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Occupational Segregation Measures: A Role for Status

  • Coral del Río
  • Olga Alonso-Villar

This paper defines local segregation measures which are sensible to status differences among organizational units. So far as we know, this is the first time that status-sensitive segregation measures are offered in a multigroup context by invoking a cardinal measure of status. These measures allow aggregating employment gaps of a target group penalizing its concentration in low-status occupations. They are intended to complement, rather than substitute, previous local segregation measures. The usefulness of these tools is illustrated in the case of occupational segregation by race and ethnicity in the U.S.

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Paper provided by Universidade de Vigo, Departamento de Economía Aplicada in its series Working Papers with number 1103.

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Length: 29 pages
Date of creation: Nov 2011
Date of revision:
Handle: RePEc:vig:wpaper:1103
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  1. Olga Alonso Villar & Coral del Río, 2010. "Segregation of female and male workers in Spain: occupations and industries," Hacienda Pública Española, IEF, vol. 194(3), pages 91-121, June.
  2. Randy P. Albelda, 1986. "Occupational segregation by race and gender, 1958û1981," Industrial and Labor Relations Review, ILR Review, Cornell University, ILR School, vol. 39(3), pages 404-411, April.
  3. Coral del Río & Olga Alonso-Villar, 2012. "Occupational Segregation of Immigrant Women in Spain," Feminist Economics, Taylor & Francis Journals, vol. 18(2), pages 91-123, June.
  4. Robert Hutchens, 2004. "One Measure of Segregation," International Economic Review, Department of Economics, University of Pennsylvania and Osaka University Institute of Social and Economic Research Association, vol. 45(2), pages 555-578, 05.
  5. David Card & Jesse Rothstein, 2006. "Racial Segregation and the Black-White Test Score Gap," NBER Working Papers 12078, National Bureau of Economic Research, Inc.
  6. Coral Río & Olga Alonso-Villar, 2010. "Gender Segregation in the Spanish Labor Market: An Alternative Approach," Social Indicators Research, Springer, vol. 98(2), pages 337-362, September.
  7. Alonso-Villar, Olga & del Río, Coral, 2010. "Local versus overall segregation measures," Mathematical Social Sciences, Elsevier, vol. 60(1), pages 30-38, July.
  8. Vigdor, Jacob L. & Glaeser, Edward & Cutler, David, 2008. "Is the Melting Pot Still Hot? Explaining the Resurgence of Immigrant Segregation," Scholarly Articles 2664275, Harvard University Department of Economics.
  9. Cristina Fernández & Carolina Ortega, 2008. "Labor market assimilation of immigrants in Spain: employment at the expense of bad job-matches?," Spanish Economic Review, Springer, vol. 10(2), pages 83-107, June.
  10. Chakravarty, Satya R. & Silber, Jacques, 2007. "A generalized index of employment segregation," Mathematical Social Sciences, Elsevier, vol. 53(2), pages 185-195, March.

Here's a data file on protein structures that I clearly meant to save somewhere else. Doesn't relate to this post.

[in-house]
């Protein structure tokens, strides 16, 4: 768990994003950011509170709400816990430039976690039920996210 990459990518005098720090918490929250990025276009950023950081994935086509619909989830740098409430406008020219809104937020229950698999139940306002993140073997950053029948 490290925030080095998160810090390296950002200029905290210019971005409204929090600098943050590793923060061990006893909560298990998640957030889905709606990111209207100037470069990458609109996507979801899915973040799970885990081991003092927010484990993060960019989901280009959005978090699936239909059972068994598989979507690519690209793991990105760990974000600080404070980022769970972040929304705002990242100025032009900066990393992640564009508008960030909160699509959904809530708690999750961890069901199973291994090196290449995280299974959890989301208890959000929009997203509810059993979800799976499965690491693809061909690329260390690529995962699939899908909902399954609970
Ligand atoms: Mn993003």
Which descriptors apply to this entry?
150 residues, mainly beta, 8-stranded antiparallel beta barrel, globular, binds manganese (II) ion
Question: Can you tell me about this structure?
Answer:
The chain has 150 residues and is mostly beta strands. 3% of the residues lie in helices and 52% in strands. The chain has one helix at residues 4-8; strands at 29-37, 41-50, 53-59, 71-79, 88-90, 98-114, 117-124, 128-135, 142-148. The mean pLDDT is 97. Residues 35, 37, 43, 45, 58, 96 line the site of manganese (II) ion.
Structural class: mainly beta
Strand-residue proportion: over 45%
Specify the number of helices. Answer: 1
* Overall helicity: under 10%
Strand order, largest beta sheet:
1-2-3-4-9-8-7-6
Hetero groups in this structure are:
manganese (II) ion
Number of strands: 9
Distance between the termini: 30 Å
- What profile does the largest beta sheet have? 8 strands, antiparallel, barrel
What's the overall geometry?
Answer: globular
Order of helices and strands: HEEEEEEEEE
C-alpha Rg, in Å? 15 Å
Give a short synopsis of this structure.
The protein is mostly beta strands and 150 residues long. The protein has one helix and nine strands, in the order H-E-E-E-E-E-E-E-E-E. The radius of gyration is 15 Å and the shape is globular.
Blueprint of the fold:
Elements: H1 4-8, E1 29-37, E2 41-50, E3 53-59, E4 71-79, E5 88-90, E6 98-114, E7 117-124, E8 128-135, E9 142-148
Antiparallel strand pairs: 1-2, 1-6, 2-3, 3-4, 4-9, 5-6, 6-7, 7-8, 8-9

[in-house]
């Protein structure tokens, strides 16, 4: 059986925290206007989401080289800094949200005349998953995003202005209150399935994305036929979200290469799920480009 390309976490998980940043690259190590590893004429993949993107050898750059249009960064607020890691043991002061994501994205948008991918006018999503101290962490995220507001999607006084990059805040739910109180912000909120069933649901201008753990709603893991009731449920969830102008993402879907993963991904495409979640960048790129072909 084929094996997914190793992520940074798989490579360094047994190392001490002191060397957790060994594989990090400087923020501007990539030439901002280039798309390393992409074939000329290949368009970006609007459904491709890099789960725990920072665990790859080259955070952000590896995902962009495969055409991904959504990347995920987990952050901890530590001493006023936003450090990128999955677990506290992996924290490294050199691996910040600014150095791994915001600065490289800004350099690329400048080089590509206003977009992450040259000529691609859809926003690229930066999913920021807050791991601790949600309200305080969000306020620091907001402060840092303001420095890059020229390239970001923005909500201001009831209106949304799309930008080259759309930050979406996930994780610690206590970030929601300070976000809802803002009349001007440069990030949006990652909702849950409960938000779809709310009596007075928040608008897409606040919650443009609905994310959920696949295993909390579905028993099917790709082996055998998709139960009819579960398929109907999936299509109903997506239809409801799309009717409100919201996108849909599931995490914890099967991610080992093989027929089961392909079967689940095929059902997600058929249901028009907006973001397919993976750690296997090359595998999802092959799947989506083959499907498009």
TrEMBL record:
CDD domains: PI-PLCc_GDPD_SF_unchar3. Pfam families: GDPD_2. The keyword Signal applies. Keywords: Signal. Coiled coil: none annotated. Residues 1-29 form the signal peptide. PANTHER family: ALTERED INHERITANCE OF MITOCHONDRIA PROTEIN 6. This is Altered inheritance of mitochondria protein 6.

11. Judith Hellerstein & David Neumark, 2006. "Workplace Segregation in the United States: Race, Ethnicity, and Skill," Working Papers 060710, University of California-Irvine, Department of Economics.
  12. Liu, Pak-Wai & Zhang, Junsen & Chong, Shu-Chuen, 2004. "Occupational segregation and wage differentials between natives and immigrants: evidence from Hong Kong," Journal of Development Economics, Elsevier, vol. 73(1), pages 395-413, February.
  13. Frankel, David M. & Volij, Oscar, 2010. "Measuring Segregation," Staff General Research Papers 32130, Iowa State University, Department of Economics.
  14. Jaai Parasnis, 2006. "Segregation In The Australian Labour Market ," Australian Economic Papers, Wiley Blackwell, vol. 45(4), pages 318-332, December.
  15. Silber, Jacques G., 1989. "On the measurement of employment segregation," Economics Letters, Elsevier, vol. 30(3), pages 237-243, September.
  16. Boisso, Dale & Hayes, Kathy & Hirschberg, Joseph & Silber, Jacques, 1994. "Occupational segregation in the multidimensional case : Decomposition and tests of significance," Journal of Econometrics, Elsevier, vol. 61(1), pages 161-171, March.
  17. Pascale Joassart-Marcelli, 2009. "The Spatial Determinants Of Wage Inequality: Evidence From Recent Latina Immigrants In Southern California," Feminist Economics, Taylor & Francis Journals, vol. 15(2), pages 33-72.
  18. Frankel, David M. & Volij, Oscar, 2011. "Measuring School Segregation," Staff General Research Papers 35115, Iowa State University, Department of Economics.
  19. Silber, Jacques, 1992. "Occupational Segregation Indices in the Multidimensional Case: A Note," The Economic Record, The Economic Society of Australia, vol. 68(202), pages 276-77, September.
  20. M. Fleurbaey & A. Trannoy, 2000. "The Impossibility of a Paretian Egalitarian," THEMA Working Papers 2000-26, THEMA (THéorie Economique, Modélisation et Applications), Université de Cergy-Pontoise.
  21. Hutchens, Robert M., 1991. "Segregation curves, Lorenz curves, and inequality in the distribution of people across occupations," Mathematical Social Sciences, Elsevier, vol. 21(1), pages 31-51, February.
  22. Olga Alonso-Villar & Coral del Río & Carlos Gradín, 2010. "The extent of occupational segregation in the US: Differences by race, ethnicity, and gender," Working Papers 180, ECINEQ, Society for the Study of Economic Inequality.
  23. Karmel, T & Maclachlan, M, 1988. "Occupational Sex Segregation--Increasing or Decreasing?," The Economic Record, The Economic Society of Australia, vol. 64(186), pages 187-95, September.
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